By Lisa Fernandez
San Jose - In the past four days, more than 40 Latino attorneys and community groups from San Jose to Washington, D.C., have received hate letters containing a white powdery substance, and some community leaders worry the list could grow larger.
The vitriolic, one-page, typed form letter calls Latinos drug users and prostitutes, rails against bilingual education and says everything Latinos have is due to the generosity and leadership of whites.
Tests performed on the white powder in the letters have proved negative for anthrax. But they have frightened some recipients into worrying about what could happen next.
"I was scared," said Robert Salinas, who received a letter Saturday at his Oakland law office. When a fine, white mist from the envelope floated into the air, he called 911. The envelope had no return address, but as with all the letters it was postmarked from Oakland.
"I was shaken up for the rest of the night," Salinas said. "What concerns me is that there's this group out there that's very angry. They used every negative stereotype. What else are they willing to do?"
The letter is signed by a self-described legal Indian immigrant. A woman by that name who lives in San Ramon tearfully denied she was the letter's author, and two Latino lawyers said the FBI and a postal inspector have indicated they don't believe the woman is responsible.
The Mercury News is not naming her because she is not a suspect.
"We are family-oriented," the woman said. "We are victims. We ourselves are immigrants."
She declined to say more.
"We're working this as a hate crime," FBI spokeswoman Nancy Duncan said. "But we're not commenting any further than that because we're concerned about copycats."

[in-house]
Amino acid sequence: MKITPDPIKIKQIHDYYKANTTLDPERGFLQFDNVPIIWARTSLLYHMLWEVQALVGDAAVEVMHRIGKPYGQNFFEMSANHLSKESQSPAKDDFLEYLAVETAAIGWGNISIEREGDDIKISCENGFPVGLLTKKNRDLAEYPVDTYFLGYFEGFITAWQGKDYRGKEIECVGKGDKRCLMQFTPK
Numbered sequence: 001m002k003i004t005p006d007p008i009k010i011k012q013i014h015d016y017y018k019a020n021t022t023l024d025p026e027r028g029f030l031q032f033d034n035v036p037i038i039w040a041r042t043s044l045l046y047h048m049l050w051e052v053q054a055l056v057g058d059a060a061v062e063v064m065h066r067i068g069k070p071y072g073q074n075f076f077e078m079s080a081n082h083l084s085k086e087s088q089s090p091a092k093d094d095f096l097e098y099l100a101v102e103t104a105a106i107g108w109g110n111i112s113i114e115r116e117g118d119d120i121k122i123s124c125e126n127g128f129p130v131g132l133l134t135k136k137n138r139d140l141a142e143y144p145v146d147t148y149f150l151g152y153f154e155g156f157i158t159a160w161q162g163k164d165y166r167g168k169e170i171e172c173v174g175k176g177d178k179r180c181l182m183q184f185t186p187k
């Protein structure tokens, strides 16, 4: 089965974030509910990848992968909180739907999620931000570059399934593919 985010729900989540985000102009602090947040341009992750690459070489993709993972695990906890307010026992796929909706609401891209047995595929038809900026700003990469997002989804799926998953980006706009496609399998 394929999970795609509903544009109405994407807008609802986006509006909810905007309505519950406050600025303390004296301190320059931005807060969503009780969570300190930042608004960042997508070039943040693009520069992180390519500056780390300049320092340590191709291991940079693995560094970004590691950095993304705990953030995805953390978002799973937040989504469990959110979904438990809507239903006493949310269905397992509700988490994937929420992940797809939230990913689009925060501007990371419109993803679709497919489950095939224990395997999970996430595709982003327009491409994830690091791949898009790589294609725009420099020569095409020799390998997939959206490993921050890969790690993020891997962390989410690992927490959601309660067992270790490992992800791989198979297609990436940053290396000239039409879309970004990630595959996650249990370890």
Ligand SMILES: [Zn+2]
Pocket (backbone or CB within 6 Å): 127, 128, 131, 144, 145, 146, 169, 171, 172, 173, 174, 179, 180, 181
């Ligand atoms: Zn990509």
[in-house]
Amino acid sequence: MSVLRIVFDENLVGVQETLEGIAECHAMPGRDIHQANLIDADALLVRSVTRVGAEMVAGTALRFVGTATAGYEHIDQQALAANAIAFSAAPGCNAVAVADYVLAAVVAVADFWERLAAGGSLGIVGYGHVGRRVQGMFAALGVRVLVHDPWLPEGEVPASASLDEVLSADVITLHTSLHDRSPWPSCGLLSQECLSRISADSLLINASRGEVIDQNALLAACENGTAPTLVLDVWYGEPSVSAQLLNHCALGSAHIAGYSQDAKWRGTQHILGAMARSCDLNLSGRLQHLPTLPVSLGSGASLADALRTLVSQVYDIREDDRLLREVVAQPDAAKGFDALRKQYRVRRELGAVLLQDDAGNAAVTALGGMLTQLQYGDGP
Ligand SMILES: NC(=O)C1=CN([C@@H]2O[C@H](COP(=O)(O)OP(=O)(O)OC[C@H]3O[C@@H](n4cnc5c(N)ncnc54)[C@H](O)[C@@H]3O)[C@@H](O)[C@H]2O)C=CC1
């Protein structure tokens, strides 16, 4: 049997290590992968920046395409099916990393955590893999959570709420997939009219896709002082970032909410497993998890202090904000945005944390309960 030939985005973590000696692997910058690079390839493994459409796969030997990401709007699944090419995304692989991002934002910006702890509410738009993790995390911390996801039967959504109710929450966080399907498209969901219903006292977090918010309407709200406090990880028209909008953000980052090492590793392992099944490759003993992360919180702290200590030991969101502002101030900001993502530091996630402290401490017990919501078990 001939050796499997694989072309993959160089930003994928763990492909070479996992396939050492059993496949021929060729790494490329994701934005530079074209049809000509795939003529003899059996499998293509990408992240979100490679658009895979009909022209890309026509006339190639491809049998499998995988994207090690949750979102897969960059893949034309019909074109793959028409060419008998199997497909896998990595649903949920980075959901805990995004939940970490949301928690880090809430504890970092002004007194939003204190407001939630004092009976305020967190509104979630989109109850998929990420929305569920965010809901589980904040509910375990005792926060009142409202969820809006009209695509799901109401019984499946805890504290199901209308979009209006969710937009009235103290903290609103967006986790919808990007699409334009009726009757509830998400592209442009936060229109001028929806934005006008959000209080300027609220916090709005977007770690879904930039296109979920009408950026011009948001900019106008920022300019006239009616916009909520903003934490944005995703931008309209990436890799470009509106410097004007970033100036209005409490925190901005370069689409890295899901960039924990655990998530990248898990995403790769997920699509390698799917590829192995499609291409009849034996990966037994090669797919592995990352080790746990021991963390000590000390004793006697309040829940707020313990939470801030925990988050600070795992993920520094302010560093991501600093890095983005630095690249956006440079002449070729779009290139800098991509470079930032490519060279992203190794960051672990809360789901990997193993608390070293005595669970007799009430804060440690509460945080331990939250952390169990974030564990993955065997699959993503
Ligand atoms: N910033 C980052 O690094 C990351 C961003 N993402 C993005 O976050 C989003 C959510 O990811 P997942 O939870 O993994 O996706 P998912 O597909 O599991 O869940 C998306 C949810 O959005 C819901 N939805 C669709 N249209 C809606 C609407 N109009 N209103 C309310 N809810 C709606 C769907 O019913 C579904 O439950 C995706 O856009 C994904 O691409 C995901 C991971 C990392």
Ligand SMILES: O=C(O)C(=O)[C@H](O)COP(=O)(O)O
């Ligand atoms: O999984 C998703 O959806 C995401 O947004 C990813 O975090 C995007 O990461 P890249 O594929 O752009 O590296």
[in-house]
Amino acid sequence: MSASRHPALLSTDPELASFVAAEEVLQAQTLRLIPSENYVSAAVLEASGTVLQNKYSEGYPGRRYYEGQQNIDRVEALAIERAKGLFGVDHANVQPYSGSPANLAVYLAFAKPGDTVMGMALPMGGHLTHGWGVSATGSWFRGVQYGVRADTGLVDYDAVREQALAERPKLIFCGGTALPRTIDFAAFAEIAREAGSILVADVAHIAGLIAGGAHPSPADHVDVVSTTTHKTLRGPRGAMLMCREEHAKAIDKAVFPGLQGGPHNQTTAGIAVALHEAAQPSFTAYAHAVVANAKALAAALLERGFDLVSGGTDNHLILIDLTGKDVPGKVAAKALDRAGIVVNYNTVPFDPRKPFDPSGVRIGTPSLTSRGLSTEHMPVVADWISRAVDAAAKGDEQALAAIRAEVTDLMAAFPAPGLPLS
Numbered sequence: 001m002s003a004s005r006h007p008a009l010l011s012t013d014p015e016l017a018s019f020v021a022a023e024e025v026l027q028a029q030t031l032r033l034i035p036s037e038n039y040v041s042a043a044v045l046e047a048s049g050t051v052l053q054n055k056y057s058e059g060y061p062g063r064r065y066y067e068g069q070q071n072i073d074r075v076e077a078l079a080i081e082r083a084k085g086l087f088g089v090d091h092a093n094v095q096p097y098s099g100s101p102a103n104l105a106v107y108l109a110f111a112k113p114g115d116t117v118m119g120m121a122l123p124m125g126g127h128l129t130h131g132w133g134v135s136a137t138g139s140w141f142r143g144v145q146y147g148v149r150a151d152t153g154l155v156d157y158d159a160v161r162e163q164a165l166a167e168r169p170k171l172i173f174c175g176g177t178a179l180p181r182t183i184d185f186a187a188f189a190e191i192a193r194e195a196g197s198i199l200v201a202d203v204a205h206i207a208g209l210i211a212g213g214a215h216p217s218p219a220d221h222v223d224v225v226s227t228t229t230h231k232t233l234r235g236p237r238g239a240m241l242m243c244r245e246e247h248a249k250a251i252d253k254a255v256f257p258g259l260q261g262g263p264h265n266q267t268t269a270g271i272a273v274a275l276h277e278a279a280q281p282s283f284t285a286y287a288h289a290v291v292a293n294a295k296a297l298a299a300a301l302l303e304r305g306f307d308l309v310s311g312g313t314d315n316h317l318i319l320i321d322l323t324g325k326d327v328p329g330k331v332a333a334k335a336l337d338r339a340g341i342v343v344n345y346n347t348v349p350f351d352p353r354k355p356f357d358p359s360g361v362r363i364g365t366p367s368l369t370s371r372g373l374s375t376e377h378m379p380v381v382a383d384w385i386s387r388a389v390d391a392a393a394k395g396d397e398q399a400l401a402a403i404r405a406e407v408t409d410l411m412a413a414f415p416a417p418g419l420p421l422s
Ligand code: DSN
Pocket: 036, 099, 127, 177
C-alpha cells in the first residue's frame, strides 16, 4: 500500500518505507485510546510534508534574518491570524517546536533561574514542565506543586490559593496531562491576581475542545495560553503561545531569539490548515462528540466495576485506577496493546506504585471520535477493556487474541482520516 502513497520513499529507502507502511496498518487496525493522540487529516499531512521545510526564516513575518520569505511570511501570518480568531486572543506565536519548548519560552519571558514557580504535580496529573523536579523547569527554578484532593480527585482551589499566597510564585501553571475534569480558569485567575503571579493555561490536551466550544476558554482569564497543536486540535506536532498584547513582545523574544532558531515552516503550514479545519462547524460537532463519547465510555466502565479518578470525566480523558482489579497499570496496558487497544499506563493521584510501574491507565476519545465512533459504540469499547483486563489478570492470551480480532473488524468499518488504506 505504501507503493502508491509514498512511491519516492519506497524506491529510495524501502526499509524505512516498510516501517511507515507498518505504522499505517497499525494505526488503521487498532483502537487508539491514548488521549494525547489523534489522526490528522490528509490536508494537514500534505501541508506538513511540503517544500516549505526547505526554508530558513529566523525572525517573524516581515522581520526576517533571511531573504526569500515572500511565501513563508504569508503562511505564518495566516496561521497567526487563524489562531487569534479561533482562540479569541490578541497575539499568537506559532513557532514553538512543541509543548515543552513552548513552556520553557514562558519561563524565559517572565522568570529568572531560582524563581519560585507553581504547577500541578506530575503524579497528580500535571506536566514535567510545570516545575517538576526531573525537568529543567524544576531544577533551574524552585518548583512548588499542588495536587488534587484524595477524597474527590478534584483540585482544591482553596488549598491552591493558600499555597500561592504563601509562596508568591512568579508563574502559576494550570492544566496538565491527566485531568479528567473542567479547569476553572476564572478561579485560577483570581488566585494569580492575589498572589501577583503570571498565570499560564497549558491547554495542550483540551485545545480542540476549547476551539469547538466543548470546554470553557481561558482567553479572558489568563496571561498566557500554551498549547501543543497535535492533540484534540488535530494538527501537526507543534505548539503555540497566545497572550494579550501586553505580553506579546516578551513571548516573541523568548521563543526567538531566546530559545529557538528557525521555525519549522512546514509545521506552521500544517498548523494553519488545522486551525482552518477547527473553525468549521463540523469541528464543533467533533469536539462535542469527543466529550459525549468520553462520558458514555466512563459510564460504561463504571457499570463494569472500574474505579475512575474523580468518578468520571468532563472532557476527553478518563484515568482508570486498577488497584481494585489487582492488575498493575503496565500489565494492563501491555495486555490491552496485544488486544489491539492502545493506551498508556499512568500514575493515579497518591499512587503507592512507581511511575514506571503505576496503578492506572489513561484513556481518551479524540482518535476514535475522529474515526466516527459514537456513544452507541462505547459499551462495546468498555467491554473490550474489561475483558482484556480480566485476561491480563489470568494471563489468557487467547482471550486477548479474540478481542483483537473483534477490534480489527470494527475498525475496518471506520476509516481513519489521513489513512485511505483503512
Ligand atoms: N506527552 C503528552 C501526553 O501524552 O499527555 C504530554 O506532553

There was a rise in hate crimes and anthrax scares across the country after the Sept. 11 terrorist attacks and the East Coast anthrax deaths that followed. But those reports appear to have subsided in the past few months for example, the state attorney general, in a survey that focused only on anti-Arab hate crimes, said reports of those crimes dropped from nearly 10 a day in September to less than one a day in January.
The attorney general's report didn't address the level of hate crimes against Latinos in California, and those receiving the letters said they were surprised at the number the perpetrator sent.
Form letter sent to many
"I've been called names like this in the past; it's meant to be degrading and dehumanizing," said Miguel Marquez, statewide treasurer for the La Raza Lawyers Association of California. "Of course it doesn't feel good. But I think it's going to empower our community. No one is really scared, even in these times, with terrorist threats and anthrax scares. But I think we're more miffed, like, what's going on? Why would they do this to us? We're trying to help people here."
Letters were also received by about 30 Latino lawyers in the East Bay; La Peña Cultural Center in Berkeley; the Law Center for Families and Unity Council, in Oakland; the Latino Issues Forum in San Francisco; and the Mexican American Legal Defense and Education Fund in Sacramento and San Francisco.
The National Association of Latino Elected and Appointed Officials and the League of Latin American Citizens, both in Washington, D.C., also received letters Tuesday, La Raza officials said.
Mailing list suspected
Christopher Arriola, state president of La Raza and a Santa Clara County deputy district attorney, has been serving as the clearinghouse for the number of letters received. He has been tallying the number of e-mails from Latino groups and attorneys who have reported receiving the letter.
Arriola received one of the letters Tuesday at the post office box for La Raza in San Jose, but didn't open it because he said he could feel granules inside the letter.
At first Arriola, who prosecutes career criminal cases, said he thought the letter was sent by a disgruntled defendant. But because of the large-scale mailing and the contents of the letter, he said it's "obvious this person is deranged."
The author of the letter rattles off a litany of slurs and swear words, then adds: "And by the way, watch out for the white powdery stuff in this envelope."
Arriola said while he's not happy about the letters, some good can come from it.
"I think this has galvanized the community," he said. ". . . we should speak out against any type of hate crime and condemn it."
(Reprinted from the San Jose Mercury News, March 13, 2002.)